So, what sort of society do Roger and Co envisage, after they’ve done away with our only cheap and reliable energy sources and thus avoided this Mad Max hellscape? Well, it isn’t some high-tech ecotopia, in which we live lives even freer than we do now, only powered by windmills rather than those nasty fossil fuels. Not least because ‘renewables’ are expensive, unreliable and incapable of keeping the lights on at the moment.
On this front, Hallam is at least more honest than most of his fellow greens. The society he wants would be semi-feudal, with crushingly low horizons. Not only does he want to ban flying and cars, he also wants an end to all ‘non-essential consumption’. He has called for a society ‘similar to a Covid lockdown scenario, but with local people being able to meet, socialise and be politically active’. Is this the ‘cause’ Andy Murray agrees with, so long as Hallam doesn’t disrupt the tennis?
Then there’s the authoritarianism of these people, and the rage they reserve for those who dare question their gospel. Another of Roger’s videos that is worth checking out is colourfully titled, ‘Dominic Lawson will be hanged for climate crimes’. In it, he stages a kind of mock trial of Lawson, the Sunday Times columnist and climate sceptic, which he imagines will take place at some point in the near future. At the start, Hallam makes this disclaimer, lest he land himself in trouble:
‘Just as a little spoiler, I’m going to suggest that [Lawson is] going to get hanged, maybe in 20 years. I’m going for that as a sociological prediction, okay? So if the Times is listening – don’t panic, Times! It’s a prediction, not what I want. What I want is… I’m going for lifetime imprisonment, because I’m a Christian, or former Christian, and killing people isn’t really my thing, just for the record.’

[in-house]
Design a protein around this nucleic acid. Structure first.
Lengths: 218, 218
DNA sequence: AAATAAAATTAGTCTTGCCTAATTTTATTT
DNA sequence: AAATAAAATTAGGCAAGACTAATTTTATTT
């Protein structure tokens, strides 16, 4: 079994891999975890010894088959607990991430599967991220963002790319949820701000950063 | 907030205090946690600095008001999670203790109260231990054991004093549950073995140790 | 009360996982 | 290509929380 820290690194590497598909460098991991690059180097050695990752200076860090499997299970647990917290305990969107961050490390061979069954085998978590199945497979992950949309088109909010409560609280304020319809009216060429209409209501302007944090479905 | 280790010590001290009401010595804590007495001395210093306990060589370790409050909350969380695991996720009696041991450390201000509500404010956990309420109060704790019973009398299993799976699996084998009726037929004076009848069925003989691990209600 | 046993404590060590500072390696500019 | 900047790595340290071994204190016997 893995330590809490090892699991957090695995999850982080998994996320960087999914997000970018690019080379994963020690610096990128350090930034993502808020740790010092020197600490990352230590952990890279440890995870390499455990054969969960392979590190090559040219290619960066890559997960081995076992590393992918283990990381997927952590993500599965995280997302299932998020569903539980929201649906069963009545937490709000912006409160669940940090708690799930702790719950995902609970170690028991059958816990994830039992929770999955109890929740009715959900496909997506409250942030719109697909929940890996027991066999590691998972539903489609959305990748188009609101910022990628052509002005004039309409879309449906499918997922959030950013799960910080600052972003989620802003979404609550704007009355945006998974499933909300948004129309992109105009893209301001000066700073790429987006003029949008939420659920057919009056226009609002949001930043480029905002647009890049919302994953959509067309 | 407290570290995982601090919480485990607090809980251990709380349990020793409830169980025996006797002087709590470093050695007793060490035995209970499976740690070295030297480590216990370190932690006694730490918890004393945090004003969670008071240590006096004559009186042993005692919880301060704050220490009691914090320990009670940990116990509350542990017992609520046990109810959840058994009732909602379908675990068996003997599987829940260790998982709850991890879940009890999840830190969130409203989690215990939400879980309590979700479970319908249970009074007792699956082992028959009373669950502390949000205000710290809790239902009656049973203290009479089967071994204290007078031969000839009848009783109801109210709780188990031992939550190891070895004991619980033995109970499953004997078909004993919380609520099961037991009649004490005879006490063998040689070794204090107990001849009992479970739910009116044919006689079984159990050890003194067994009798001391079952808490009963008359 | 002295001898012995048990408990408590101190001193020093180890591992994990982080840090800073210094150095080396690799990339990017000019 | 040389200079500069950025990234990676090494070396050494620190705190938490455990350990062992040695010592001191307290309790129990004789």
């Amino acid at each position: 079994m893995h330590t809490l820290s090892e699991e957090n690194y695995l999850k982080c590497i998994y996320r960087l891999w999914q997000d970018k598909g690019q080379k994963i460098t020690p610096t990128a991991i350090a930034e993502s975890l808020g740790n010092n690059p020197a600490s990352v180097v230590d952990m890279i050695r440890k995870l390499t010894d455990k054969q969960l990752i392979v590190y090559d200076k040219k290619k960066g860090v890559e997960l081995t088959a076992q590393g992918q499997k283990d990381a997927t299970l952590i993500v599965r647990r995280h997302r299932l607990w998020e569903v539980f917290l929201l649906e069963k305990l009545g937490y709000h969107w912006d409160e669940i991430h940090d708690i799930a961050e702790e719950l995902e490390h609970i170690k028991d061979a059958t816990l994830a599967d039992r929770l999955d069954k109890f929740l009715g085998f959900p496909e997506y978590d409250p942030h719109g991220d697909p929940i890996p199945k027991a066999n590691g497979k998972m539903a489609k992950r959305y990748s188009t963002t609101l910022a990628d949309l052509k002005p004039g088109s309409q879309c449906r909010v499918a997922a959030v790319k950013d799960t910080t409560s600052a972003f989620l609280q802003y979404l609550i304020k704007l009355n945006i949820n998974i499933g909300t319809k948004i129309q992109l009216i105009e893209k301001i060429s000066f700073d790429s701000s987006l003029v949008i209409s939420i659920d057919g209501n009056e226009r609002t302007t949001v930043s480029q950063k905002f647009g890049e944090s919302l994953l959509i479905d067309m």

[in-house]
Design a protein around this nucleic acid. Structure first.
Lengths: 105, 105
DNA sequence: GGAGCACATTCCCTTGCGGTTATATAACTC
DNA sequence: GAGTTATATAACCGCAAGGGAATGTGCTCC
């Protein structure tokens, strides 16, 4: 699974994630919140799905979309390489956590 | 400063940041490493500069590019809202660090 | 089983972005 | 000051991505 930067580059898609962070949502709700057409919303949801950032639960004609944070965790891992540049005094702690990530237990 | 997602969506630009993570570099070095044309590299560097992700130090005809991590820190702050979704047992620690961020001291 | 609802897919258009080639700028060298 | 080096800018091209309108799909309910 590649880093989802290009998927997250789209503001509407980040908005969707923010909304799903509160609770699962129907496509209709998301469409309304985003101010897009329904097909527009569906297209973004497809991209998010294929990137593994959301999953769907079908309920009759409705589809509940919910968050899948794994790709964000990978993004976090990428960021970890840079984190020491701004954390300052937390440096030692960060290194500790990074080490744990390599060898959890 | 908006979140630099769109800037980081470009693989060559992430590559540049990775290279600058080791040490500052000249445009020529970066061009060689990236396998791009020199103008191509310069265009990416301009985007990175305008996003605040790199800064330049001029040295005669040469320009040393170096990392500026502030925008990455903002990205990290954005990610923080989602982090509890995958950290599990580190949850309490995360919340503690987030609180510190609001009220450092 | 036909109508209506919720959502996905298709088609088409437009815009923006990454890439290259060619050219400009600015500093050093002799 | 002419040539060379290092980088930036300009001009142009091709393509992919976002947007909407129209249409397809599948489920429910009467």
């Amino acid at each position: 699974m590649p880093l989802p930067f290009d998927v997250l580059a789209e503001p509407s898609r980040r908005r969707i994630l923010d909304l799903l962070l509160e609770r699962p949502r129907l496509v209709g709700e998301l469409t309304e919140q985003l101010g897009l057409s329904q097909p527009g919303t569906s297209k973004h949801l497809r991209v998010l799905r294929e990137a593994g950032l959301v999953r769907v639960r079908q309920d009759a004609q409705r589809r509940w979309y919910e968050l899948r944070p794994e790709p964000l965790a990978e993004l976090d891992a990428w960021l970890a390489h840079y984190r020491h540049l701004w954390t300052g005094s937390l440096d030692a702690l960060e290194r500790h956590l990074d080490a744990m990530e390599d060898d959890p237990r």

How reassuring. All this talk of hanging – sorry, imprisoning – opponents explodes any notion that this is a democratic movement. One of Extinction Rebellion’s central demands is that we initiate ‘emergency citizens’ assemblies’ to work out how best to usher in eco-austerity. But there would be nothing democratic about this. These greens have already decided what we supposedly must do. Ordinary people would be left only to hammer out the details, guided by handpicked ‘experts’.
Poll after poll tells the same story: that while the public are concerned about climate change, they refuse to be made poorer in any transition away from fossil fuels. A survey in 2021, just before the COP26 Glasgow climate conference, found that only seven per cent of Brits think that ordinary people like them should be expected to foot the bill. Green activists know this, they just don’t care. ‘We are not here to be popular, we’re here to make change’, said JSO spokesman Grahame Buss to Sky News last week. Whether or not the populace is onboard is irrelevant to these people.
The sons and daughters of privilege who swell the ranks of Just Stop Oil are so detached from the real economy, from the work of actually doing and making things, that they see industrial society as a silent killer, even though it is because of economic development that we are now so much better protected from the whims and ravages of nature (deaths from climate-related disasters have plunged by over 95 per cent over the past century). And they are so detached from working-class people, and so ignorant about their lives, struggles and desires, that they see them only as ignorant polluters and consumers, rather than human beings with aspirations well beyond their supposed station.
So forget the tactics of Just Stop Oil, Extinction Rebellion and the rest. Their creepy, authoritarian, anti-human ideology is easily the worst thing about them. This reactionary little cult has no claim to the moral high ground – and it never did.
Tom Slater is editor of spiked. Follow him on Twitter: @Tom_Slater_
Picture by: Getty.